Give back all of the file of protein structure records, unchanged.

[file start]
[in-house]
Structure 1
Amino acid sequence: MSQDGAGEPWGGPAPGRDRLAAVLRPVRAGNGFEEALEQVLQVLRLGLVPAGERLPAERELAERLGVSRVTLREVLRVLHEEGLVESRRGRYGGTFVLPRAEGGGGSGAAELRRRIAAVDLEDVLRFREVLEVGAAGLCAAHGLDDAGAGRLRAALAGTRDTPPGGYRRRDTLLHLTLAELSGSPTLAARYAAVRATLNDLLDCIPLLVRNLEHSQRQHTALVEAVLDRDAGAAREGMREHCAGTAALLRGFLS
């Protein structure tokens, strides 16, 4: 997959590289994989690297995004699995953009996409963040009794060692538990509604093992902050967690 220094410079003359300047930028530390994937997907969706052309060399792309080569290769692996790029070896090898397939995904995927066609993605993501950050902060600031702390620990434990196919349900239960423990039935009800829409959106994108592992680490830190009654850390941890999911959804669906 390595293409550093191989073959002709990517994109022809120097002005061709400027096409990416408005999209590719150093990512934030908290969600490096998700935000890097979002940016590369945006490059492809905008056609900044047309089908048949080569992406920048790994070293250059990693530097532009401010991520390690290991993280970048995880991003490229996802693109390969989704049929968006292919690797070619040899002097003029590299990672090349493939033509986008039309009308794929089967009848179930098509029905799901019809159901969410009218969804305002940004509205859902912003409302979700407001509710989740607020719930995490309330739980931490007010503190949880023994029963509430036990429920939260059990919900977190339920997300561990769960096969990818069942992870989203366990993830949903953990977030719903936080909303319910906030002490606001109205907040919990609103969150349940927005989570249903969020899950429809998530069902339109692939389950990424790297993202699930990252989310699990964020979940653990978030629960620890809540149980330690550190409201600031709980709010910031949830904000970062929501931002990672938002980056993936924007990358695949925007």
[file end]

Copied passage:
[in-house]
Structure 1
Amino acid sequence: MSQDGAGEPWGGPAPGRDRLAAVLRPVRAGNGFEEALEQVLQVLRLGLVPAGERLPAERELAERLGVSRVTLREVLRVLHEEGLVESRRGRYGGTFVLPRAEGGGGSGAAELRRRIAAVDLEDVLRFREVLEVGAAGLCAAHGLDDAGAGRLRAALAGTRDTPPGGYRRRDTLLHLTLAELSGSPTLAARYAAVRATLNDLLDCIPLLVRNLEHSQRQHTALVEAVLDRDAGAAREGMREHCAGTAALLRGFLS
């Protein structure tokens, strides 16, 4: 997959590289994989690297995004699995953009996409963040009794060692538990509604093992902050967690 220094410079003359300047930028530390994937997907969706052309060399792309080569290769692996790029070896090898397939995904995927066609993605993501950050902060600031702390620990434990196919349900239960423990039935009800829409959106994108592992680490830190009654850390941890999911959804669906 390595293409550093191989073959002709990517994109022809120097002005061709400027096409990416408005999209590719150093990512934030908290969600490096998700935000890097979002940016590369945006490059492809905008056609900044047309089908048949080569992406920048790994070293250059990693530097532009401010991520390690290991993280970048995880991003490229996802693109390969989704049929968006292919690797070619040899002097003029590299990672090349493939033509986008039309009308794929089967009848179930098509029905799901019809159901969410009218969804305002940004509205859902912003409302979700407001509710989740607020719930995490309330739980931490007010503190949880023994029963509430036990429920939260059990919900977190339920997300561990769960096969990818069942992870989203366990993830949903953990977030719903936080909303319910906030002490606001109205907040919990609103969150349940927005989570249903969020899950429809998530069902339109692939389950990424790297993202699930990252989310699990964020979940653990978030629960620890809540149980330690550190409201600031709980709010910031949830904000970062929501931002990672938002980056993936924007990358695949925007």